Valuing the built environment: GIS and house price analysis
This book critically assesses the hedonic pricing technique as a method of imputing monetary values for the implicit attributes of housing. The hedonic technique is widely used, particularly in the US, but increasingly in Europe and Asia and has proved to yield important results and influence cost-benefit analysis. Scott Orford breaks new ground in this volume by exploring hedonic house price models within a geographical rather than purely economic context. He reevaluates the microeconomic theory of housing markets and concludes that only by treating housing market dynamics as inherently spatial can empirical results conform to the theory that underpins them. He also makes conclusions with respect to locational externalities, which have important implications as to how the built environment is valued.
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The Hedonic House Price Function
Housing Attributes and Spatial Data
Constructing a ContextSensitive Urban GIS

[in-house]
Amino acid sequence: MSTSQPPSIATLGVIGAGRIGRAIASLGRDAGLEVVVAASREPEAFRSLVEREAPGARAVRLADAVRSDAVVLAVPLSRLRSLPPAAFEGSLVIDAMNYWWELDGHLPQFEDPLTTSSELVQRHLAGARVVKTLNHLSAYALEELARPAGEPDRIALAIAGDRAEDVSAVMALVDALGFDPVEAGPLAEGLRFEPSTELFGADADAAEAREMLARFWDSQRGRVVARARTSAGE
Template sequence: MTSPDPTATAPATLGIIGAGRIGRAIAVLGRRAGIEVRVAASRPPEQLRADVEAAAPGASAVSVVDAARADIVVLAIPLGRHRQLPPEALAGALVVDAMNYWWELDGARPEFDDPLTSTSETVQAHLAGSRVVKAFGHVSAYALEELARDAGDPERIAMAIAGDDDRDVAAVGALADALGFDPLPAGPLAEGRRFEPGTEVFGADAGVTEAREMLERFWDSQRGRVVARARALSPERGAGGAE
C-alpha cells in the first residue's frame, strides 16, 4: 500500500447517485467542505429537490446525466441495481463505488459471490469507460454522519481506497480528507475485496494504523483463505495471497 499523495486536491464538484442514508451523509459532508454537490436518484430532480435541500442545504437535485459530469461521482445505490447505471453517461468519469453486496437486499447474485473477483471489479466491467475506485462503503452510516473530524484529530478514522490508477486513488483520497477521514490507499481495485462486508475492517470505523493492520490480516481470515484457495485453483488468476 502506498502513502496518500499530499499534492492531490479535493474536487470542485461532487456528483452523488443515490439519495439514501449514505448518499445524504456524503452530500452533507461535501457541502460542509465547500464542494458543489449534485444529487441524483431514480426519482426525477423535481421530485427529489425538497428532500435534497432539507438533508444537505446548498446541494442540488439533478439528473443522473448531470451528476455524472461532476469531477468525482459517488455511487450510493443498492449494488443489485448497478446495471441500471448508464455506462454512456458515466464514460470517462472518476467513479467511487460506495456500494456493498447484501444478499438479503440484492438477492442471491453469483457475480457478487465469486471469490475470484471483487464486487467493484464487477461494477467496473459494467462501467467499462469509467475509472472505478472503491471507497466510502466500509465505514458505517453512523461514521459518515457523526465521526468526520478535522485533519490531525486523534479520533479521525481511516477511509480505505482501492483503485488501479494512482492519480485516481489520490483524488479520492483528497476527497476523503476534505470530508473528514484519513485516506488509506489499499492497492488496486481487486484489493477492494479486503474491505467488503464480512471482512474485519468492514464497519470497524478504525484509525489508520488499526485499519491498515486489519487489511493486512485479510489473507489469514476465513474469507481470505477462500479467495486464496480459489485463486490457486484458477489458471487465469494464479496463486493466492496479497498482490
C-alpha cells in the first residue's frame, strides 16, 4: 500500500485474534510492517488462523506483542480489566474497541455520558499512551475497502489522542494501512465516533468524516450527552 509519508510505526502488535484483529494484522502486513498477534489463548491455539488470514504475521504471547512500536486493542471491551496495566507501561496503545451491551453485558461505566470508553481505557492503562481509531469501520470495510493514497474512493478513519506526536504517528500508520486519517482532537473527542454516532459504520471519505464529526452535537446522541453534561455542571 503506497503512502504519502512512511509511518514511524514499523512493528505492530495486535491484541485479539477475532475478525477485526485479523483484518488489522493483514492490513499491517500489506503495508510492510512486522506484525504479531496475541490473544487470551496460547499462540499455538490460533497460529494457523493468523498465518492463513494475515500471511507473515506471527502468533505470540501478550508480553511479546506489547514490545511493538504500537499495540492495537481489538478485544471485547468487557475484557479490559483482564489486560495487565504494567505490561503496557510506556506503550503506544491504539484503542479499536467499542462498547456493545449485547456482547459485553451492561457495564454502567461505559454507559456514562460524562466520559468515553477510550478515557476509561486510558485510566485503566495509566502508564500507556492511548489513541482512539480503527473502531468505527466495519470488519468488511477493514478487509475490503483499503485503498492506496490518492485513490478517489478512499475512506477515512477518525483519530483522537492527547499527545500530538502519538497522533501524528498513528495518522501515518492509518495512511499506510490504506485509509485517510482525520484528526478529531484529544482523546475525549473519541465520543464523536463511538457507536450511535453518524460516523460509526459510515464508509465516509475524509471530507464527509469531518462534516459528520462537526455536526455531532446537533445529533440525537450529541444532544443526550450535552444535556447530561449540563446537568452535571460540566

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2*(log-likelihood accessibility Adamsdown ADDRESS-POINT average Bute Park Butetown Cathays city centre Coefficient Standard Error Community Level Constant context Cyncoed detached housing distance decay Error Community Level expanded externality effects Figure floor area functional form Gabalfa geographical Grangetown HCS Area Level heavy industrial hedonic house price hedonic model hedonic price function Hence heteroscedasticity households housing attributes housing stock influence Inner Area interactions level locational attributes Lisvane Llandaff North Llanishen Llanrumney locational externalities measures multi-level specification multicollinearity negative externalities neighbourhood quality non-residential landuse open space P-value Parameter Coefficient Standard Plasnewydd Predictor Coefficient Standard price of floor price surface problems Property Level Constant property prices proximity Radyr RANDOM Parameter Coefficient random terms Rhiwbina Roath School Catchment significant social class socio-economic spatial analysis spatial autocorrelation spatial data Splott Standard Error Community Street Level Constant structural attributes submarkets suggests supply and demand Table urban variables variance vary whilst Whitchurch & Tongwynlais